FODDER BEET

The potential for fodder beet is becoming more widely recognised. Improved plant genetics, herbicides and agronomy techniques are providing the impetus for a shift toward this exciting crop. However, the unique Kiwi innovation of grazed fodder beet crops has been the main reason for the increasing number of hectares around the world.


Key points for considering fodder beet in a rotation are:

  • Very high yield potential, enabling smaller areas to be cropped, therefore reducing the strain on crop rotation and increasing the overall farm stocking rate

  • Consistent, high energy feed

  • Highly palatable and digestible for ruminants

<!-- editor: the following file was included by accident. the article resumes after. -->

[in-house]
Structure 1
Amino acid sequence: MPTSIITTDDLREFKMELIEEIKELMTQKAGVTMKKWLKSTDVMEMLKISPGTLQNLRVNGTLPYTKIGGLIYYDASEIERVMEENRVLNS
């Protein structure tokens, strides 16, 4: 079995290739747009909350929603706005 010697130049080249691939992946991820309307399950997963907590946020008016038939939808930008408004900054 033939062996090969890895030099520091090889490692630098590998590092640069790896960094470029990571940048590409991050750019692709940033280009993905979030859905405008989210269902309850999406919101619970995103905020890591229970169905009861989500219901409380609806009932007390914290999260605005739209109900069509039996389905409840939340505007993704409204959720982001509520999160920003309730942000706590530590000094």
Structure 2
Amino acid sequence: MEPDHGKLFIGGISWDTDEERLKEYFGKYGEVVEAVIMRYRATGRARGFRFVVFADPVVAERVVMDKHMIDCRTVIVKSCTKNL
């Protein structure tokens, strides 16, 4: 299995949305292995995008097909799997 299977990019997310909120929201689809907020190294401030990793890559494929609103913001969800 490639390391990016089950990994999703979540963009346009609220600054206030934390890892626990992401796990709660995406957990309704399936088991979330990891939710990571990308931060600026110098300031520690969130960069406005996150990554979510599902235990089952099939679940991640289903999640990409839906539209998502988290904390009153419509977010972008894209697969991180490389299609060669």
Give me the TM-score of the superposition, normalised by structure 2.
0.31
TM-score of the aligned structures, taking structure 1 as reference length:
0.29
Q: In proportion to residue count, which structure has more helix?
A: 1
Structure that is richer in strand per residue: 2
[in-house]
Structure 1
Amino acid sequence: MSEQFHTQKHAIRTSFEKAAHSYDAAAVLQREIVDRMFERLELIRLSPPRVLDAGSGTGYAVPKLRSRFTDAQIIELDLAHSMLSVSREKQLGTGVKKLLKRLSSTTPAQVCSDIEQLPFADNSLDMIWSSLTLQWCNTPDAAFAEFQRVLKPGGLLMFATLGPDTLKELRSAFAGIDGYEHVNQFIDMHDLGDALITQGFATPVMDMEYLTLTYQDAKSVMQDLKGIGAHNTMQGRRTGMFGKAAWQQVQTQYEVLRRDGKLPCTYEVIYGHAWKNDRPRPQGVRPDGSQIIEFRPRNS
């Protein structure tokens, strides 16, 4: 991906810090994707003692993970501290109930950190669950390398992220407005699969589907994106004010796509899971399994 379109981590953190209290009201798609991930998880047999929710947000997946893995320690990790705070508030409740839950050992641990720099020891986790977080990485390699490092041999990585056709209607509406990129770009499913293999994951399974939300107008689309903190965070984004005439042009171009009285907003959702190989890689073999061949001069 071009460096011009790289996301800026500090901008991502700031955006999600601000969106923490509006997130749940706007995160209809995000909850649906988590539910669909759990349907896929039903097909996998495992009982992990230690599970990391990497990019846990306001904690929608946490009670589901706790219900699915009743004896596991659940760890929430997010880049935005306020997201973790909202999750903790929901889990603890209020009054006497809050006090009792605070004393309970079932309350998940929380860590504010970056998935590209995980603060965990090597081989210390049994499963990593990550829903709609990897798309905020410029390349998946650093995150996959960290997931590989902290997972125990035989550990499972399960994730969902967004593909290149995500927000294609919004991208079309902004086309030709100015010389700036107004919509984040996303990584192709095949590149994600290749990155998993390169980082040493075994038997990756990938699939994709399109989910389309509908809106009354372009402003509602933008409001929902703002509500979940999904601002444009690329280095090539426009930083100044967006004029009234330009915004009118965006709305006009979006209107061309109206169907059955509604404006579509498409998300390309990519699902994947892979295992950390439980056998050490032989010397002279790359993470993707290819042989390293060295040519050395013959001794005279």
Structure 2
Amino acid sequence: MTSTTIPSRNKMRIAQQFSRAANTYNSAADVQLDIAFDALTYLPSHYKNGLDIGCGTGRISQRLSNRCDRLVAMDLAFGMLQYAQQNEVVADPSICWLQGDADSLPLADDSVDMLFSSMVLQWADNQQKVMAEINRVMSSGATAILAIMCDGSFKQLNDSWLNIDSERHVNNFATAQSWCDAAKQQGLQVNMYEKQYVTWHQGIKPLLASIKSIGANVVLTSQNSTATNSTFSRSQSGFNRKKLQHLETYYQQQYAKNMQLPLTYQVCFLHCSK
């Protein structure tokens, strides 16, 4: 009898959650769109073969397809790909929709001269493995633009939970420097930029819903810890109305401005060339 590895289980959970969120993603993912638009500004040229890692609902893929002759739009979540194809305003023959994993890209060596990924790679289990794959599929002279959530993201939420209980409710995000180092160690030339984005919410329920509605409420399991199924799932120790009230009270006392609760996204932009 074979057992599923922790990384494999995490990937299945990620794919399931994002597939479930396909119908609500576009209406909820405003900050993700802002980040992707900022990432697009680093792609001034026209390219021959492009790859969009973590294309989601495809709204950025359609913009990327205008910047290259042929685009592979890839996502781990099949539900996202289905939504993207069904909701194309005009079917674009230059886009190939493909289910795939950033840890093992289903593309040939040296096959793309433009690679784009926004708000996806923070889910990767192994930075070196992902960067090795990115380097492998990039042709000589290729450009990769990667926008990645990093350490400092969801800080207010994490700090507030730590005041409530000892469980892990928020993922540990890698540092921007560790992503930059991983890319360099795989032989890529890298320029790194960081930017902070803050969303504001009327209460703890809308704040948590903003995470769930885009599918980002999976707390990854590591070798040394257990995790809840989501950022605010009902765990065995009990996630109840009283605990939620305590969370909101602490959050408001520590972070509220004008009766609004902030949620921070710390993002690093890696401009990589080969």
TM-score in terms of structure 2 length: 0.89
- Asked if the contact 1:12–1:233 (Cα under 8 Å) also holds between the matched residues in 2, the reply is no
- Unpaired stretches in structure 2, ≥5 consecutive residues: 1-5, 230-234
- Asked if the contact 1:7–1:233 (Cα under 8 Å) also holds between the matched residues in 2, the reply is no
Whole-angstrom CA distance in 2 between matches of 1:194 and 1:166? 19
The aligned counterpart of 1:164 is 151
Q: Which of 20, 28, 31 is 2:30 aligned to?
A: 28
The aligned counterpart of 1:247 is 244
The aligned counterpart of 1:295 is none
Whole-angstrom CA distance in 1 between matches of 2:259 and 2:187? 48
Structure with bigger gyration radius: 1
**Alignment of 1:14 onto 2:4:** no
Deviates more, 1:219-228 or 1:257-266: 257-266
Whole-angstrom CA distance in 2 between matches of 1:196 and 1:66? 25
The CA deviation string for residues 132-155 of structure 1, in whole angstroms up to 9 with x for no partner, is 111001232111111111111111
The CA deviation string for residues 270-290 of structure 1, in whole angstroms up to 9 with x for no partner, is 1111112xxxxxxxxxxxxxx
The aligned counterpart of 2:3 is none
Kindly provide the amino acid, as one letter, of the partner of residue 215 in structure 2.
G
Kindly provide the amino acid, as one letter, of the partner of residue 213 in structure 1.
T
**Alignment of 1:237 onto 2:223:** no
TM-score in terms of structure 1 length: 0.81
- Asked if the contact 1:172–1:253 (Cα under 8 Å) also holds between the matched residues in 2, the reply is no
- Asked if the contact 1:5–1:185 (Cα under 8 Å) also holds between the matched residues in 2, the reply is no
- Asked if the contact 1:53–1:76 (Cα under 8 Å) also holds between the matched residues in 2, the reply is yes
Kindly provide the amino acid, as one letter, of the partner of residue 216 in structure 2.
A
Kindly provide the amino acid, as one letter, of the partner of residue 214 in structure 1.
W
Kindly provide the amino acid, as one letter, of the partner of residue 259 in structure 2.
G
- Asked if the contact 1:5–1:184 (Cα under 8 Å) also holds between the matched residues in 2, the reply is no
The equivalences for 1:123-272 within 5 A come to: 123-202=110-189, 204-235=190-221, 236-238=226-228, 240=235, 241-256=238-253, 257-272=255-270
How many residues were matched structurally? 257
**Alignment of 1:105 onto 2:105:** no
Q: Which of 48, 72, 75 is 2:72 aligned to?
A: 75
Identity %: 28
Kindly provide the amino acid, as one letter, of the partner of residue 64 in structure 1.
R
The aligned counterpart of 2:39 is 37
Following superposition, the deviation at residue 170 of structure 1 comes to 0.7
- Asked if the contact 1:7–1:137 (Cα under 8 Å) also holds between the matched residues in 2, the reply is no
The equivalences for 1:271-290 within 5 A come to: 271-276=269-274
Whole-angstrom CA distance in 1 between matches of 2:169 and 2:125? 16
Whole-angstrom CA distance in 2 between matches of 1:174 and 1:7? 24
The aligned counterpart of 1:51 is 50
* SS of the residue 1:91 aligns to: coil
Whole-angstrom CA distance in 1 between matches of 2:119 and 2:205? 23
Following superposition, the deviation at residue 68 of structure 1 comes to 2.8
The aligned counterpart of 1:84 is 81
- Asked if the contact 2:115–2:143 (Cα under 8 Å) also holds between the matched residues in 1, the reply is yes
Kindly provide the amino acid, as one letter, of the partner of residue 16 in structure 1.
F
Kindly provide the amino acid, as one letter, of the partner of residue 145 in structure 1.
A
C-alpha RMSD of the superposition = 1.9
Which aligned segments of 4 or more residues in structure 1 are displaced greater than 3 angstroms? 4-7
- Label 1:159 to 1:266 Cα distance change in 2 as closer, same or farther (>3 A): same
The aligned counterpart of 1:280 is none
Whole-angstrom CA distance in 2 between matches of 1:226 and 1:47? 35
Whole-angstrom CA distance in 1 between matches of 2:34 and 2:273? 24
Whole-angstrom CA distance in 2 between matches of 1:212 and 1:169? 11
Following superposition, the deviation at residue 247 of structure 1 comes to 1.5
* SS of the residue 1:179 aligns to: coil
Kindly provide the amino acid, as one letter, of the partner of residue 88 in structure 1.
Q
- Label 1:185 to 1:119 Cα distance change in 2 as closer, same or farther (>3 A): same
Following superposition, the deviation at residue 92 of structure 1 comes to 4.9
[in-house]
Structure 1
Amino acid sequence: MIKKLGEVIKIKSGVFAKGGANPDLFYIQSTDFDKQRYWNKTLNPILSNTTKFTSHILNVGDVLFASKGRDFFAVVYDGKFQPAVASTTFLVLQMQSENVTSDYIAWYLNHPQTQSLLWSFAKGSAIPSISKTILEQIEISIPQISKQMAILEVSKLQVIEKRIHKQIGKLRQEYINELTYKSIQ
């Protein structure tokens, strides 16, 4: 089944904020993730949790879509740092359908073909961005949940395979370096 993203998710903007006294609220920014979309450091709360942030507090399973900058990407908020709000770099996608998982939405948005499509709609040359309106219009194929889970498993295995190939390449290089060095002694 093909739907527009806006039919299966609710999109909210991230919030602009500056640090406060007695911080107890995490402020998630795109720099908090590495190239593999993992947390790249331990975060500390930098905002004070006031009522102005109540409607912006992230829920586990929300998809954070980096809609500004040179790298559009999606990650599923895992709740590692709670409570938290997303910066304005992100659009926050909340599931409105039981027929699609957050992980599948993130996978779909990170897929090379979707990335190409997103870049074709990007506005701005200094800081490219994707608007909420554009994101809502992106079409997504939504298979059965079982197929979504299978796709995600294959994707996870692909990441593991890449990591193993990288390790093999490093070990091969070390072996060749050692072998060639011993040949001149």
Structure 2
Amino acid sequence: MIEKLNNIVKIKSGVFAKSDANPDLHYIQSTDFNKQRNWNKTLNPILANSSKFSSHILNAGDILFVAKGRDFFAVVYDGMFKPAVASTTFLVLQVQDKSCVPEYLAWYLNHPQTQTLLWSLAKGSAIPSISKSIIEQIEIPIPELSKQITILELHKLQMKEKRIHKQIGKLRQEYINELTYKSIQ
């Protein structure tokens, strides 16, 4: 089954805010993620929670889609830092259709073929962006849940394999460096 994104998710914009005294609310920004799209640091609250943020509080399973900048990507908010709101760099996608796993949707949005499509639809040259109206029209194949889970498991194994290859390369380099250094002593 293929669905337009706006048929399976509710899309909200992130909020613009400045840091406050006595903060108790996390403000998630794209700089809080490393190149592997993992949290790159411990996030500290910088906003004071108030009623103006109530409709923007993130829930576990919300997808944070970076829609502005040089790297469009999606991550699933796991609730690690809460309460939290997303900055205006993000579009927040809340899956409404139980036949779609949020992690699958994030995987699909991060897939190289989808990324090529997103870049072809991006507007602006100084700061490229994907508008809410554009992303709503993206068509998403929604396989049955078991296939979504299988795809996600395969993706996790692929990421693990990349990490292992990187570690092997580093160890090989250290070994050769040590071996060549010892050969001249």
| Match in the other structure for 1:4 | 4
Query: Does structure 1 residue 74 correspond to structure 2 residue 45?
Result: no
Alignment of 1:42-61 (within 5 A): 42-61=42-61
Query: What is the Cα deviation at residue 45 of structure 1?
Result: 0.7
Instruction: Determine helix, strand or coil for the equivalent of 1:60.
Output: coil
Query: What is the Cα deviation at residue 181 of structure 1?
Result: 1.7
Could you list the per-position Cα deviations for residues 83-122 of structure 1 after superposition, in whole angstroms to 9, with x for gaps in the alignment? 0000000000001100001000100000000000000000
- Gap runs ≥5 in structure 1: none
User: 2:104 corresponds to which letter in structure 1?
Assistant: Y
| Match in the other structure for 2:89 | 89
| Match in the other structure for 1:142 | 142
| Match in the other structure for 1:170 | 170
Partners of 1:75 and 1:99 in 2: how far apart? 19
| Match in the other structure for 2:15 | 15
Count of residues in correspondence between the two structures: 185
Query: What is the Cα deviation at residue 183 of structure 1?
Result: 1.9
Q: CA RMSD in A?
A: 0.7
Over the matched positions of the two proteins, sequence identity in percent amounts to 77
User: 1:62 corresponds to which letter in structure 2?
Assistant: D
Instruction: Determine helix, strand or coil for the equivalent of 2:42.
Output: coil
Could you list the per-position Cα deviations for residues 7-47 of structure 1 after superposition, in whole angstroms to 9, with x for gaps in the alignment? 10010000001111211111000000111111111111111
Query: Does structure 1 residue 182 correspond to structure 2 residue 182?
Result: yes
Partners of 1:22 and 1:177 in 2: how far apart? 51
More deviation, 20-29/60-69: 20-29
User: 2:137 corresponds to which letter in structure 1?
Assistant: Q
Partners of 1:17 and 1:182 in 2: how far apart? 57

• Ease of feeding

  • Relatively low nitrogen requirement


Fodder beet seed is quite different to many of the seeds that are typically sown in pasture based systems. It is bred as two main types; technical monogerm (mechanical separation of seed clusters) or genetic monogerm (singulation by breeding).


Technical monogerm seed is produced and harvested as a clustered seed. This then has to be processed mechanically by way of rubbing or cutting the cluster of seeds to produce single seeds. This results in a seed that often varies in shape and size. The seed is than pelleted to help  ensure consistent seed size and uniformity to aid with sowing. As it is a mechanical process it cannot be guaranteed that all the seeds will be singular and so post- emergence there may be double seedlings in the field. This is not a negative as both seedlings will survive and combine to yield as well as a single plant.

 

 

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